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TRADE-UNION leaders called on the government to make workplaces safe from coronavirus today as new figures showed that those in low-paid and insecure work were more likely to die from Covid-19.
At least 8,000 working-age deaths were linked to the pandemic in England and Wales last year, according to the Office for National Statistics (ONS).
Workers in hospitality, food and drink processing, transport and healthcare were found to be most at risk.
According to the data 347 care workers had died with coronavirus, as well as 213 taxi drivers, 180 retail assistants and 157 nurses.
It came as transport union RMT revealed that the number of Covid-19 infections and deaths among rail workers has doubled since November.
TUC general secretary Frances O’Grady said: “Everyone should be safe at work. But this pandemic has exposed huge inequalities.
“People working in low-paid and insecure jobs have been forced to shoulder a much higher risk.
“The government urgently needs to get tough on employers. It beggars belief that not one has been prosecuted for breaking Covid-19 safety rules.”
The TUC said that workplace deaths are vastly underreported, -despite legislation requiring employers to report work-related infections and deaths to the Health & Safety Executive.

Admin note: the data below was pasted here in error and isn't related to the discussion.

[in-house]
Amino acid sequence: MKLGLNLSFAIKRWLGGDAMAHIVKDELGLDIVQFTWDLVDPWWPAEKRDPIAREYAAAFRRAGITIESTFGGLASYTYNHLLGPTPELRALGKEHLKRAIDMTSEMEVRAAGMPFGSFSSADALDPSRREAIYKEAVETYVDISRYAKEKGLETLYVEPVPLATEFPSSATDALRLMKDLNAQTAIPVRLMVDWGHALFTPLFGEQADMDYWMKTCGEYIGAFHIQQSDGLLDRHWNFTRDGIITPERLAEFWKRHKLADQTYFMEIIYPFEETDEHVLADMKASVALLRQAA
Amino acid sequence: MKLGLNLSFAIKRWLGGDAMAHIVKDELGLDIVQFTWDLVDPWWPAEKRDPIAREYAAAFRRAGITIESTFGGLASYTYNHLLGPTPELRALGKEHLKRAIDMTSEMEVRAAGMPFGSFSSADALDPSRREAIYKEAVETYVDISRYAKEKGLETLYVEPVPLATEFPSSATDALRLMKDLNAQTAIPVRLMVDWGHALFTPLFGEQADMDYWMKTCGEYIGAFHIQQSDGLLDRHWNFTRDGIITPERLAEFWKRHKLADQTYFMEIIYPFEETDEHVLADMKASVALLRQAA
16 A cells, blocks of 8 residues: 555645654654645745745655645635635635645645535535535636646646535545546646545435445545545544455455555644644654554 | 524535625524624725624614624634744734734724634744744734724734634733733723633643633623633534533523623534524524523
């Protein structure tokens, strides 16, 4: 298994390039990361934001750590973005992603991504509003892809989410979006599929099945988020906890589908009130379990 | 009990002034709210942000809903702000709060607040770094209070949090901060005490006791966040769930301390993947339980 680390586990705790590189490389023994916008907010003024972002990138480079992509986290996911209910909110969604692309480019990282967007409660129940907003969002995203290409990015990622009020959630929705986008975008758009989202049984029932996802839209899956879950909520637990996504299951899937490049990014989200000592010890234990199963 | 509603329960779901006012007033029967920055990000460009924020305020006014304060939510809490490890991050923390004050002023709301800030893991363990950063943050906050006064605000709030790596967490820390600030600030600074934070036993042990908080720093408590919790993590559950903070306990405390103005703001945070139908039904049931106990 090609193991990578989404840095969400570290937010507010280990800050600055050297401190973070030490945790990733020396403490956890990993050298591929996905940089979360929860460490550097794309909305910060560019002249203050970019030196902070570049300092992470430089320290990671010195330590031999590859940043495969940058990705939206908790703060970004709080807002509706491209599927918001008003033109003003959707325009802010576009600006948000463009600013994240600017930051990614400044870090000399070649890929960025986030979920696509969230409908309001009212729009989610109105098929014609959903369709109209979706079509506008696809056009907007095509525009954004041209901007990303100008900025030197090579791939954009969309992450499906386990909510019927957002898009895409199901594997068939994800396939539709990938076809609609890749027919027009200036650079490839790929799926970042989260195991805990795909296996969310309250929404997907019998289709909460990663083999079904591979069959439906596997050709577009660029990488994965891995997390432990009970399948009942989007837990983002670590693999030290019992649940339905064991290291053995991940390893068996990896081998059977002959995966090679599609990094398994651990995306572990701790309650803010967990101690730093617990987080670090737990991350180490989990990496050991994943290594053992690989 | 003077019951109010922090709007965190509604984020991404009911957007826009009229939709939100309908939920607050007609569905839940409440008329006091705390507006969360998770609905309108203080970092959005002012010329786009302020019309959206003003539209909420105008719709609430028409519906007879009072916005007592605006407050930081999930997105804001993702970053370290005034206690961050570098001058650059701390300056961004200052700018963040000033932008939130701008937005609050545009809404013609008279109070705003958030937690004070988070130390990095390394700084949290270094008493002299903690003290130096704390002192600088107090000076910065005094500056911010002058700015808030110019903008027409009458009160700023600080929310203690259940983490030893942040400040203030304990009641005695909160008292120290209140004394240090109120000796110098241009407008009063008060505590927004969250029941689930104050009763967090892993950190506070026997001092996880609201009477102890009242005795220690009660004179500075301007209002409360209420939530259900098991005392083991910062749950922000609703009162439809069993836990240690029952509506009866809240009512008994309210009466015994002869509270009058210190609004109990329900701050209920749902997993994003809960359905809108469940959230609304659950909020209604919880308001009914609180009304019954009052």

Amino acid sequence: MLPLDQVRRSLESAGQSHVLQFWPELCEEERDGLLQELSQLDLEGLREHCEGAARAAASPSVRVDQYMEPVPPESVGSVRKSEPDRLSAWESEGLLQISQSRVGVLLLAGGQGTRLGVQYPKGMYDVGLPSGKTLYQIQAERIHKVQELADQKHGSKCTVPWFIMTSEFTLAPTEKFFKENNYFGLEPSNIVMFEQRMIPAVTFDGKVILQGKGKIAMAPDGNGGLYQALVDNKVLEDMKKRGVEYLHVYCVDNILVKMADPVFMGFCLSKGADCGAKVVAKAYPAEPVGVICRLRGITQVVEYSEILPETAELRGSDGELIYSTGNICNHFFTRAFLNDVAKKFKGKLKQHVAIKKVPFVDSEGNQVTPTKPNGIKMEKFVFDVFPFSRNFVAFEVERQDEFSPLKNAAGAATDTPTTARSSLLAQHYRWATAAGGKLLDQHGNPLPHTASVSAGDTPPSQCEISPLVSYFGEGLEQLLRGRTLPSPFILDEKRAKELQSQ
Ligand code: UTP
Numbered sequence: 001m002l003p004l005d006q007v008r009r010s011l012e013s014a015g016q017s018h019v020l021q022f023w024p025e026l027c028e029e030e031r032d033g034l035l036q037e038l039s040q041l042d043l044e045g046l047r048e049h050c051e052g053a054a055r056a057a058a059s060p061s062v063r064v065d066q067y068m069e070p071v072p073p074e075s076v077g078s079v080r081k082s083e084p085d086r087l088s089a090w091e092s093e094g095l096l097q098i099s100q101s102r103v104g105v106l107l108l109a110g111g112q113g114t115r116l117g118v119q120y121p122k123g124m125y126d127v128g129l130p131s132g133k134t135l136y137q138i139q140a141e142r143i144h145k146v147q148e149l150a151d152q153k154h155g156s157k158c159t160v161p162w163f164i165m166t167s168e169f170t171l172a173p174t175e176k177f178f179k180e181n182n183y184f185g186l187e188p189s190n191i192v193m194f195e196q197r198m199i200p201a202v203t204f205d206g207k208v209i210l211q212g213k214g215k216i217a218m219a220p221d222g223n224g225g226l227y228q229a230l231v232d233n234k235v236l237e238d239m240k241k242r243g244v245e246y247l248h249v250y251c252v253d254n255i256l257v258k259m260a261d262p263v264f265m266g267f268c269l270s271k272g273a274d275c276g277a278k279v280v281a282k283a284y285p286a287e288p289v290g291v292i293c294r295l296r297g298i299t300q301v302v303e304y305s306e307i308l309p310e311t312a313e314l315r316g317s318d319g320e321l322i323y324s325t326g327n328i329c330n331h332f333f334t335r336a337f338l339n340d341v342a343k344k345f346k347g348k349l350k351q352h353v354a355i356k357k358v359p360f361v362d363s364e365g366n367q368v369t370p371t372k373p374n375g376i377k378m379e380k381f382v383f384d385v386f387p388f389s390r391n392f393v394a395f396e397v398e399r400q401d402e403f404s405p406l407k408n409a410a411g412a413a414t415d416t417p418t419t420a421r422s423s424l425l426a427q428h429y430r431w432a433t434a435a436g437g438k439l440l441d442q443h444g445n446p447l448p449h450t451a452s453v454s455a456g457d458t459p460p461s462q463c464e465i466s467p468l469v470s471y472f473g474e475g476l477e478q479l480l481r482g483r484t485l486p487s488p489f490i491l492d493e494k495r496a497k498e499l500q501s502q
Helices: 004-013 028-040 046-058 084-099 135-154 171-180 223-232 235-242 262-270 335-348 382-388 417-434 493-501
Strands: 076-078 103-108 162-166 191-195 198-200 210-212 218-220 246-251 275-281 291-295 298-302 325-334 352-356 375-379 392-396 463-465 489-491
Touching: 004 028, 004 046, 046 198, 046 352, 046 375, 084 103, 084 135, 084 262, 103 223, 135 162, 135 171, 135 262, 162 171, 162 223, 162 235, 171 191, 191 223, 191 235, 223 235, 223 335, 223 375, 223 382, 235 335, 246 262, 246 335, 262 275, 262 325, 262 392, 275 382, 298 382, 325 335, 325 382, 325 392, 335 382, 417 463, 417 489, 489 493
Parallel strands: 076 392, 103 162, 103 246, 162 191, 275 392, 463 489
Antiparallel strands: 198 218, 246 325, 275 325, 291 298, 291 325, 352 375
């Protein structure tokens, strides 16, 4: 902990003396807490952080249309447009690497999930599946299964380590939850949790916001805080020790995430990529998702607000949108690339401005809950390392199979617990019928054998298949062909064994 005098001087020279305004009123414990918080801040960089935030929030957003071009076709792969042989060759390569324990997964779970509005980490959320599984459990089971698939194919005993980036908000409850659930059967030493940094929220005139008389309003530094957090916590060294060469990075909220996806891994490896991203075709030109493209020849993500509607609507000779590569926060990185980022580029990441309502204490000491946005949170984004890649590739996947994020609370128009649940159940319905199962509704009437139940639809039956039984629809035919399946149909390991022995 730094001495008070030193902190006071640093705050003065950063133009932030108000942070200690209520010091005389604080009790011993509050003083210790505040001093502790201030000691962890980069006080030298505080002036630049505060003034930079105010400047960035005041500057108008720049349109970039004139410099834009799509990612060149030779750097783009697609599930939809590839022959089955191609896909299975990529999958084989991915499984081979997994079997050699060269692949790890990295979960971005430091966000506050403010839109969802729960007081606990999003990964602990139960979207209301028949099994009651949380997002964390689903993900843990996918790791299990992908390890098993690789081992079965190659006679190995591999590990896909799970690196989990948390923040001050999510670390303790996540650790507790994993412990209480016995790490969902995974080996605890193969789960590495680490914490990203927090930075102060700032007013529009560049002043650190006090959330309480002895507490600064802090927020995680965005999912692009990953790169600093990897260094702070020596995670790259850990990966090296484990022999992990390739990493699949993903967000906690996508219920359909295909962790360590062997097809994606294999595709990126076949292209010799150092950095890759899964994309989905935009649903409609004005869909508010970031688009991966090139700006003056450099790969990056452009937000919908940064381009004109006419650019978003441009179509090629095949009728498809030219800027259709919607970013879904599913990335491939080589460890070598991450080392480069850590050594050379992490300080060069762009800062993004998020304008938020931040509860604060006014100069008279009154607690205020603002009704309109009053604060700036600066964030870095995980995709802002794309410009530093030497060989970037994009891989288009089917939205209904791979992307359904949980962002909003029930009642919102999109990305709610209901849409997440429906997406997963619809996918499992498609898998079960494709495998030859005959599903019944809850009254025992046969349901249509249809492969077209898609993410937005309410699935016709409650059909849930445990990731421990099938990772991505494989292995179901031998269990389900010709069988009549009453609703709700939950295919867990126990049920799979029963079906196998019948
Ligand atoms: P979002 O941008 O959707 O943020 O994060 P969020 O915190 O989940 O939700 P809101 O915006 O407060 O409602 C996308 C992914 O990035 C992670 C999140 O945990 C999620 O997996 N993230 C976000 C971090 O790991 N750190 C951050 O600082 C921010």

Unison general secretary Christina McAnea said: “It’s shocking to see that care and NHS staff are paying such a tragic price for doing their jobs.
“Keeping the rest of us safe is putting these workers at greater risk. This unacceptable situation must end.”
RMT has called for transport workers to be a priority for vaccination. It said that a “callous refusal” by transport bosses to revise risk assessments following the spread of more contagious coronavirus strains had led to more deaths.
RMT general secretary Mick Cash said: “We are advising our members of their right to stop working if their safety is threatened. I will be seeking an urgent meeting with [Transport Secretary] Grant Shapps [to demand action].
“[This is] necessary to save lives [and] to protect the resilience of the transport network.”
Liz Kendall MP, Labour’s shadow social-care minister, said: “The pandemic has taken an horrific toll on key workers. We are in a race against time to vaccinate those at the greatest risk.
“As we emerge from this pandemic, ministers must put in place the longer-term reforms we need to guarantee all staff the pay and conditions they deserve.”
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